Altered skeletal muscle lipid metabolism is a hallmark feature of type 2 diabetes (T2D). We investigated muscle lipid turnover in T2D versus BMI-matched control subjects (controls) and examined whether putative in vivo differences would be preserved in the myotubes. Male obese T2D individuals (n = 6) and BMI-matched controls (n = 6) underwent a hyperinsulinemic-euglycemic clamp, VO2max test, dual-energy X-ray absorptiometry scan, underwater weighing, and muscle biopsy of the vastus lateralis. 14C-palmitate and 14C-oleate oxidation rates and incorporation into lipids were measured in muscle tissue as well as in primary myotubes. Palmitate oxidation (controls: 0.99 ± 0.17 nmol/mg protein; T2D: 0.53 ± 0.07 nmol/mg protein; P = 0.03) and incorporation of fatty acids (FAs) into triacylglycerol (TAG) (controls: 0.45 ± 0.13 nmol/mg protein; T2D: 0.11 ± 0.02 nmol/mg protein; P = 0.047) were significantly reduced in muscle homogenates of T2D. These reductions were not retained for palmitate oxidation in primary myotubes (P = 0.38); however, incorporation of FAs into TAG was lower in T2D (P = 0.03 for oleate and P = 0.11 for palmitate), with a strong correlation of TAG incorporation between muscle tissue and primary myotubes (r = 0.848, P = 0.008). The data indicate that the ability to incorporate FAs into TAG is an intrinsic feature of human muscle cells that is reduced in individuals with T2D.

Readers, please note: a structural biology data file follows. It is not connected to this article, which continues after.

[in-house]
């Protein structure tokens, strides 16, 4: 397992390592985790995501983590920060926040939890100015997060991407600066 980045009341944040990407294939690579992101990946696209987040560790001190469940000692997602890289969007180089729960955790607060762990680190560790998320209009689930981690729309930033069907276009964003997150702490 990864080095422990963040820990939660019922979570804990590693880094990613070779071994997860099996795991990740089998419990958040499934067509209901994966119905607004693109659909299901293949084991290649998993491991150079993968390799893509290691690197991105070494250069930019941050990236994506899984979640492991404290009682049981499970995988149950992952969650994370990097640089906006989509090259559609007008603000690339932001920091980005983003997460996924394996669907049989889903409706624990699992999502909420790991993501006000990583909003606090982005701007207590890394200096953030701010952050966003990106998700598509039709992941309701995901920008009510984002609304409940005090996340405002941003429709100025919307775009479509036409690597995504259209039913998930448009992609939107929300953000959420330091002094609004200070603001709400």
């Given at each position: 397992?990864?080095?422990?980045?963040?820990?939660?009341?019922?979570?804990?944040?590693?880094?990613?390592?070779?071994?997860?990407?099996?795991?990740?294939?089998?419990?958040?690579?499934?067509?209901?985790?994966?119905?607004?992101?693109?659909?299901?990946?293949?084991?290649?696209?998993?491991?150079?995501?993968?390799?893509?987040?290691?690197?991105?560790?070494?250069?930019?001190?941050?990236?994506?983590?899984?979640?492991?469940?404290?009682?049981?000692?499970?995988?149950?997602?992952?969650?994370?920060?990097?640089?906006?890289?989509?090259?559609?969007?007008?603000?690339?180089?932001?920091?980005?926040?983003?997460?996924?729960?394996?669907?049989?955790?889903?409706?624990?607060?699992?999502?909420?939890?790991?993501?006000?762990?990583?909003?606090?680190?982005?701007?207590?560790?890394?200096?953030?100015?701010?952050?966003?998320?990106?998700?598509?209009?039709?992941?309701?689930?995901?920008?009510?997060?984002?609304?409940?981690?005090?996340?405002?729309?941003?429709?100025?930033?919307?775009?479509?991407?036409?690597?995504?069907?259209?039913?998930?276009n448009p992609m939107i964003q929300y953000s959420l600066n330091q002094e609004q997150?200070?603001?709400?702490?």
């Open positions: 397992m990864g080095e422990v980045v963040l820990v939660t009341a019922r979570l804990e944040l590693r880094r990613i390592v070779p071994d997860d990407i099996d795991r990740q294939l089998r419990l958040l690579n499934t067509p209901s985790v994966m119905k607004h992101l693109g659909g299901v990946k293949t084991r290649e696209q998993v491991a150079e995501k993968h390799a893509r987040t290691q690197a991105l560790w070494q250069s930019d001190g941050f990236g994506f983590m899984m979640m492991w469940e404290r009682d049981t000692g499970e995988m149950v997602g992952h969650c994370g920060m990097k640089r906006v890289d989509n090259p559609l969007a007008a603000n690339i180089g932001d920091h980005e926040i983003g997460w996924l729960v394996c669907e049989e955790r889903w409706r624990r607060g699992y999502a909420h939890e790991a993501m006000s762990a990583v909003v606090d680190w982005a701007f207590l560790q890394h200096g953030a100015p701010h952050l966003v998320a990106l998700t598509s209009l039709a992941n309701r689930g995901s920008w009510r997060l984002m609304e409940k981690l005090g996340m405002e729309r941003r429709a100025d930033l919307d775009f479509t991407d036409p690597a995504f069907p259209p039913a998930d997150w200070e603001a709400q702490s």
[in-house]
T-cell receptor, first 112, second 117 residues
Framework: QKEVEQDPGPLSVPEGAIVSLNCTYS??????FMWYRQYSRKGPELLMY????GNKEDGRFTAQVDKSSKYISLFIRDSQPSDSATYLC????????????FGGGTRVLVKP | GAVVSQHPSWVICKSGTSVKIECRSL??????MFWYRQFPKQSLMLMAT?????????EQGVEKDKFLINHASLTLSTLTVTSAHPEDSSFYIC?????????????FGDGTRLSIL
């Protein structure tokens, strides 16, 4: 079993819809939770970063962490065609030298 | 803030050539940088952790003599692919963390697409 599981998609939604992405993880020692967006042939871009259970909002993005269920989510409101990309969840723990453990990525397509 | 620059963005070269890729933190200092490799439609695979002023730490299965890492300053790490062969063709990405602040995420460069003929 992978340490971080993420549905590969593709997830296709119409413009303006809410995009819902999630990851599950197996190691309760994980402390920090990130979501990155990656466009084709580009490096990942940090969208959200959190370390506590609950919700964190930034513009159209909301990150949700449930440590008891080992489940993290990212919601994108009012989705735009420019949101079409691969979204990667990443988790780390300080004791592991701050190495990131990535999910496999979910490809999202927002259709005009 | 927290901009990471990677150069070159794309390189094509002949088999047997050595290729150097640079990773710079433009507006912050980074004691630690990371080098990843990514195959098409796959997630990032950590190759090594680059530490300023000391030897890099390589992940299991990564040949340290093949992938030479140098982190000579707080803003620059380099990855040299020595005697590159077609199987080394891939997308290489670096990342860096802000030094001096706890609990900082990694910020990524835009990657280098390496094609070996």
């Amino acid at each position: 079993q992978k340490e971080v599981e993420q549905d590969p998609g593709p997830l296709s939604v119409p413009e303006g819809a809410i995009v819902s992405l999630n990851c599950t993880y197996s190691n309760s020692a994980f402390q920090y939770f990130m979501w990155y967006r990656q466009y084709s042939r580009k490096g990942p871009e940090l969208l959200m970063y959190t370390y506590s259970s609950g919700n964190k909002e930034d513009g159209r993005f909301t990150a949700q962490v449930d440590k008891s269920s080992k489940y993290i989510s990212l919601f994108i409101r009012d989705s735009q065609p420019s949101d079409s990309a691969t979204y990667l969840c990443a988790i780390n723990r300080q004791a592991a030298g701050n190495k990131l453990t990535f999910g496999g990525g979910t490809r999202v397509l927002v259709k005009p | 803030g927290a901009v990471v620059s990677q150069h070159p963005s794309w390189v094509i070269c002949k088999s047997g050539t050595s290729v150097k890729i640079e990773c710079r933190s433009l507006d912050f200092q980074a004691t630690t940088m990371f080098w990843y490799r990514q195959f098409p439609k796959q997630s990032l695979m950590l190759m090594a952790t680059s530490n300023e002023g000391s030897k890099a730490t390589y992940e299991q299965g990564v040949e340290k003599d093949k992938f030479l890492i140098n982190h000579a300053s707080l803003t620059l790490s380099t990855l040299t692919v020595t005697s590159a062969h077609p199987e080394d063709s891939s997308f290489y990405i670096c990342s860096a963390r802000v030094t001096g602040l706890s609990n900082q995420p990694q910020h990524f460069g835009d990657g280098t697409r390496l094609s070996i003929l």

The nuclear receptor Rev-erb-α modulates hepatic lipid and glucose metabolism, adipogenesis and the inflammatory response in macrophages. We show here that Rev-erb-α is highly expressed in oxidative skeletal muscle and plays a role in mitochondrial biogenesis and oxidative function, in gain- and loss-of function studies. Rev-erb-α-deficiency in skeletal muscle leads to reduced mitochondrial content and oxidative function, resulting in compromised exercise capacity. This phenotype was recapitulated in isolated fibers and in muscle cells upon Rev-erbα knock-down, while Rev-erb-α over-expression increased the number of mitochondria with improved respiratory capacity. Rev-erb-α-deficiency resulted in deactivation of the Stk11–Ampk–Sirt1–Ppargc1-α signaling pathway, whereas autophagy was up-regulated, resulting in both impaired mitochondrial biogenesis and increased clearance. Muscle over-expression or pharmacological activation of Rev-erb-α increased respiration and exercise capacity. This study identifies Rev-erb-α as a pharmacological target which improves muscle oxidative function by modulating gene networks controlling mitochondrial number and function.
Rev-erb-α; skeletal muscle; oxidative capacity; mitochondrial biogenesis; autophagy